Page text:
- the UK has a historically low level of funding of culture. Even the attempts to redress this under the last government only moved the UK up to rank 12th in Europe. (Yes, I realise that many monoglot English speakers will find this statement surprising. Evidences will follow)
- a two-tier, two-speed, Europe seems to be on the cards. Countries on the western, southern and eastern peripheries are facing savage cuts in their cultural funding. The countries which have traditionally always been the highest funders of culture, those in the centre and north of Europe, are maintaining or even increasing funding levels.
- Vicious and virtuous circles are stable and self-reinforcing patterns. Close to the Cultural Poverty Line, small changes can have big effects. Far from the threshold, it is far harder/ more expensive/ time consuming to change things
- Badly targeted, badly managed or overly large cuts could trigger lasting or even permanent damage to the cultural nature of the UK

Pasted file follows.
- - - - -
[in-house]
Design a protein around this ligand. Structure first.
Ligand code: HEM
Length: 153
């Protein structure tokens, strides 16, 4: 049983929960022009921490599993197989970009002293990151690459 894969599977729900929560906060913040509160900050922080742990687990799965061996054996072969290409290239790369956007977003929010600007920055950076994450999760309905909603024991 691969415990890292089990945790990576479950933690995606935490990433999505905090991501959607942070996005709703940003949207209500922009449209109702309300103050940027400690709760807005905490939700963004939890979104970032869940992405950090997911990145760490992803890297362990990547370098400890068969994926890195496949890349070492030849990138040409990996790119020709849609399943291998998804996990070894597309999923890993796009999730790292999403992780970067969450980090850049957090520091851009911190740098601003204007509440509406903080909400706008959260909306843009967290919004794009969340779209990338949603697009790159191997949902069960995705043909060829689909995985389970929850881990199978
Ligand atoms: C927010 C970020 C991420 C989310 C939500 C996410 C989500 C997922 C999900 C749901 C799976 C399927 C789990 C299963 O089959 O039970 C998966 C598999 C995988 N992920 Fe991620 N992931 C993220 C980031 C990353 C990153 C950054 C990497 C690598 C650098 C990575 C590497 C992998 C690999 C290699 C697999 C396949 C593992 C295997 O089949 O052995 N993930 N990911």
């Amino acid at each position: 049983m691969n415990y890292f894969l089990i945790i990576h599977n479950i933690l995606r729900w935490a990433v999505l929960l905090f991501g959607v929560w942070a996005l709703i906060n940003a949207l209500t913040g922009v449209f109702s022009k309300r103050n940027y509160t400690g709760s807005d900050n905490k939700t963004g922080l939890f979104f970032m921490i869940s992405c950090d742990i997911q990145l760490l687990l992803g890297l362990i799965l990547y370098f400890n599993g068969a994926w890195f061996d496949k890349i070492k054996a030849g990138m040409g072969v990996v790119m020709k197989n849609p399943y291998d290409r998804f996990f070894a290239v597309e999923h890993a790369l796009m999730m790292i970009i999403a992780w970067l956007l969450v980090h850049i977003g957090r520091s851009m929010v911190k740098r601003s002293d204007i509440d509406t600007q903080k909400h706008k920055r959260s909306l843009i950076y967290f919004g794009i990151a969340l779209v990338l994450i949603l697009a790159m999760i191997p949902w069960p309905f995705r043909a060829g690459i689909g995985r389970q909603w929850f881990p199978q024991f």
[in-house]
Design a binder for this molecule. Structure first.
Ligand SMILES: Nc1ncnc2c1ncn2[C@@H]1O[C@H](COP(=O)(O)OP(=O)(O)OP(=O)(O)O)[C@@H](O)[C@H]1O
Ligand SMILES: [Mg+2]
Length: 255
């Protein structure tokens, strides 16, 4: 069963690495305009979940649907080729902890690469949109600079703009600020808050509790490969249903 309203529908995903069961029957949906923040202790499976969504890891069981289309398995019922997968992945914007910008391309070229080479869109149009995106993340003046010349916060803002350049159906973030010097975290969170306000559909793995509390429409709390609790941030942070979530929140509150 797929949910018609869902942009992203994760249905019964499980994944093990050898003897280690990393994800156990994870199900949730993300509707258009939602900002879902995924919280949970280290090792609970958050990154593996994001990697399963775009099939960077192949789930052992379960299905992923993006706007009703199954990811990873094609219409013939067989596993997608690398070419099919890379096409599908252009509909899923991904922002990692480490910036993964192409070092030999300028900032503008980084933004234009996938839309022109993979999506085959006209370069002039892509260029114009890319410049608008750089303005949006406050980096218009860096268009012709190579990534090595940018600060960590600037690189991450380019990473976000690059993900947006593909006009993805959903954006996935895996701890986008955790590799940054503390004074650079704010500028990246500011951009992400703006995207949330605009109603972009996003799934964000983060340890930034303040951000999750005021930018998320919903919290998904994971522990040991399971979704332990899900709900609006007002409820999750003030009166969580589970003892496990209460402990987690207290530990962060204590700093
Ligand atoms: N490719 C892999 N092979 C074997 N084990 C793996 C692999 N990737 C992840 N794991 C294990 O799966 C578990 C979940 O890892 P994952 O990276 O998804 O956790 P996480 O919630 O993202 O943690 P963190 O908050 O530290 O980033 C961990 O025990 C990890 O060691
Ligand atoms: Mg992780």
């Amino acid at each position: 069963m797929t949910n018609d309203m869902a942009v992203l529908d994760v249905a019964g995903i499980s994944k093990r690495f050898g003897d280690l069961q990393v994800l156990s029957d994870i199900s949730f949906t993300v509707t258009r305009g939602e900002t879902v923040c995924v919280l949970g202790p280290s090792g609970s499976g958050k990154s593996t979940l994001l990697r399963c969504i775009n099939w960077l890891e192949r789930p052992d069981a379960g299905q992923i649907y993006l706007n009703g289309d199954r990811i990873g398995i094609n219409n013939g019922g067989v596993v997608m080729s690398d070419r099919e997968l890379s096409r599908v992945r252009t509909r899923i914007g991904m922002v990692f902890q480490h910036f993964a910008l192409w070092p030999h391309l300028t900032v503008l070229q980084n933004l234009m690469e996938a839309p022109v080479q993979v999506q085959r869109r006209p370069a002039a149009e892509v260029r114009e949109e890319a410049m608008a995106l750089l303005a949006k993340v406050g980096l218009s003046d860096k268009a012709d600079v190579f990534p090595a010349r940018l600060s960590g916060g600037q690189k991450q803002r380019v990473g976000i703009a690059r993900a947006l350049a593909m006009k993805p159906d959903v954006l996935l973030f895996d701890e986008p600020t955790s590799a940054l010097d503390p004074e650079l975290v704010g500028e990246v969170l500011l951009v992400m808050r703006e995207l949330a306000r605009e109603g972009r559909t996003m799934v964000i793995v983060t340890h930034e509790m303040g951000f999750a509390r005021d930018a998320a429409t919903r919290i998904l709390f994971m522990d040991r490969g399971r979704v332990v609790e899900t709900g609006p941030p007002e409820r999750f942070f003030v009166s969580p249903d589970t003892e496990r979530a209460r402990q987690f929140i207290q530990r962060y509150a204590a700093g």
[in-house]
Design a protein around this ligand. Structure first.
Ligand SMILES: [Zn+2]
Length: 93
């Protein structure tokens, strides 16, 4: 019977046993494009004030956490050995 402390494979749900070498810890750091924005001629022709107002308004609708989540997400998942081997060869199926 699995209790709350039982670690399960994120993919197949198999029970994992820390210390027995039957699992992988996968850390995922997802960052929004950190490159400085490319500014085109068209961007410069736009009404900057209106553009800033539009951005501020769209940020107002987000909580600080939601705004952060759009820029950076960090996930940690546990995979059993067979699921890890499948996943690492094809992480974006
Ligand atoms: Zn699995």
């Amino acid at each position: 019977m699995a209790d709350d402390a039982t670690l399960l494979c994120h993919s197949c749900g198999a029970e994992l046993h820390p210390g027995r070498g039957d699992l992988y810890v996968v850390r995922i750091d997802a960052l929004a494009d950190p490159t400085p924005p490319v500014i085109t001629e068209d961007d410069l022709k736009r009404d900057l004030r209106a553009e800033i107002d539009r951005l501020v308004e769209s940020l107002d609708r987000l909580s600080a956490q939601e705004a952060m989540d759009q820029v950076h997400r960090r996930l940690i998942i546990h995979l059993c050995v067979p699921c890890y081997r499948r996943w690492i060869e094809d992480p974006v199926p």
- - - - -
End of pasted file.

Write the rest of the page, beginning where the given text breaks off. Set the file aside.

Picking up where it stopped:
How supple is private giving?
How elastic is the giving culture, and how rapidly could it be changed?
I asked Karen Stone about her experiences successfully running opera companies in the UK, the US, Germany and Austria. Here are her tips for arts companies in the UK:
- Most US companies reckon that c. 20% of funds raised are used to cover personnel expense.
- you require quite a lot of seed money to get started .. US wisdom has it that the first ask cannot be before the 3rd visit and that a minimum 2-year relationship is required before you can get a large donation
- Make sure your potential donors understand the not-for-profit sector: all donors, whether individual or corporate, look at your balance-sheet first of all, and I cannot tell you how often I have heard 'we do not subsidise a deficit...' quoted!
- Another problem I found was an increase in the amount of educational projects that were the preferred funding area (less elitist stigma), the only problem being that this also put an additional strain on basic personnel and is a drain on the artistic budgets...